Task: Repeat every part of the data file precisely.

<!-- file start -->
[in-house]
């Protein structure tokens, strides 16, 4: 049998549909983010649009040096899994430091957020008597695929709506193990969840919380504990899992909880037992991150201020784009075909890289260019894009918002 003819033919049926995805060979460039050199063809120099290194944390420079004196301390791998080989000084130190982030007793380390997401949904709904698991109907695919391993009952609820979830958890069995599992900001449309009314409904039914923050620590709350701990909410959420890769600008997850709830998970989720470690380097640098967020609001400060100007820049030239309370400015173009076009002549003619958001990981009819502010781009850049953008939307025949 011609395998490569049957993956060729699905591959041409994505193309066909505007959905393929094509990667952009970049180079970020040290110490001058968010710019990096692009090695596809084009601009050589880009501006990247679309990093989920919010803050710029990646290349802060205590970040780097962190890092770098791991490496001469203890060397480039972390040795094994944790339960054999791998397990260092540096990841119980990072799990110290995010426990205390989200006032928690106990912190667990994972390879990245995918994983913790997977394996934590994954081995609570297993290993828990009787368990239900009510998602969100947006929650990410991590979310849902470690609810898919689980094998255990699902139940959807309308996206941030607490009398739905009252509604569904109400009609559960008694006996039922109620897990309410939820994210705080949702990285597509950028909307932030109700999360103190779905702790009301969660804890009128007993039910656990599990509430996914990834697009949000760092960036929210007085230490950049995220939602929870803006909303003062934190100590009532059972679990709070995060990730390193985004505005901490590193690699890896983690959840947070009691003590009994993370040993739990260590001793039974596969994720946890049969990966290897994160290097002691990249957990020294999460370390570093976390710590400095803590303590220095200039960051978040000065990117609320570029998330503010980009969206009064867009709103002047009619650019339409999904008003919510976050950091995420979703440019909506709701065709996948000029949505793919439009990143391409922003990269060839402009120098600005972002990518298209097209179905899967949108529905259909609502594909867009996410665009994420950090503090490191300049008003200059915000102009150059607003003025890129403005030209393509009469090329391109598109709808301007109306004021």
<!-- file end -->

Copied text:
[in-house]
């Protein structure tokens, strides 16, 4: 049998549909983010649009040096899994430091957020008597695929709506193990969840919380504990899992909880037992991150201020784009075909890289260019894009918002 003819033919049926995805060979460039050199063809120099290194944390420079004196301390791998080989000084130190982030007793380390997401949904709904698991109907695919391993009952609820979830958890069995599992900001449309009314409904039914923050620590709350701990909410959420890769600008997850709830998970989720470690380097640098967020609001400060100007820049030239309370400015173009076009002549003619958001990981009819502010781009850049953008939307025949 011609395998490569049957993956060729699905591959041409994505193309066909505007959905393929094509990667952009970049180079970020040290110490001058968010710019990096692009090695596809084009601009050589880009501006990247679309990093989920919010803050710029990646290349802060205590970040780097962190890092770098791991490496001469203890060397480039972390040795094994944790339960054999791998397990260092540096990841119980990072799990110290995010426990205390989200006032928690106990912190667990994972390879990245995918994983913790997977394996934590994954081995609570297993290993828990009787368990239900009510998602969100947006929650990410991590979310849902470690609810898919689980094998255990699902139940959807309308996206941030607490009398739905009252509604569904109400009609559960008694006996039922109620897990309410939820994210705080949702990285597509950028909307932030109700999360103190779905702790009301969660804890009128007993039910656990599990509430996914990834697009949000760092960036929210007085230490950049995220939602929870803006909303003062934190100590009532059972679990709070995060990730390193985004505005901490590193690699890896983690959840947070009691003590009994993370040993739990260590001793039974596969994720946890049969990966290897994160290097002691990249957990020294999460370390570093976390710590400095803590303590220095200039960051978040000065990117609320570029998330503010980009969206009064867009709103002047009619650019339409999904008003919510976050950091995420979703440019909506709701065709996948000029949505793919439009990143391409922003990269060839402009120098600005972002990518298209097209179905899967949108529905259909609502594909867009996410665009994420950090503090490191300049008003200059915000102009150059607003003025890129403005030209393509009469090329391109598109709808301007109306004021």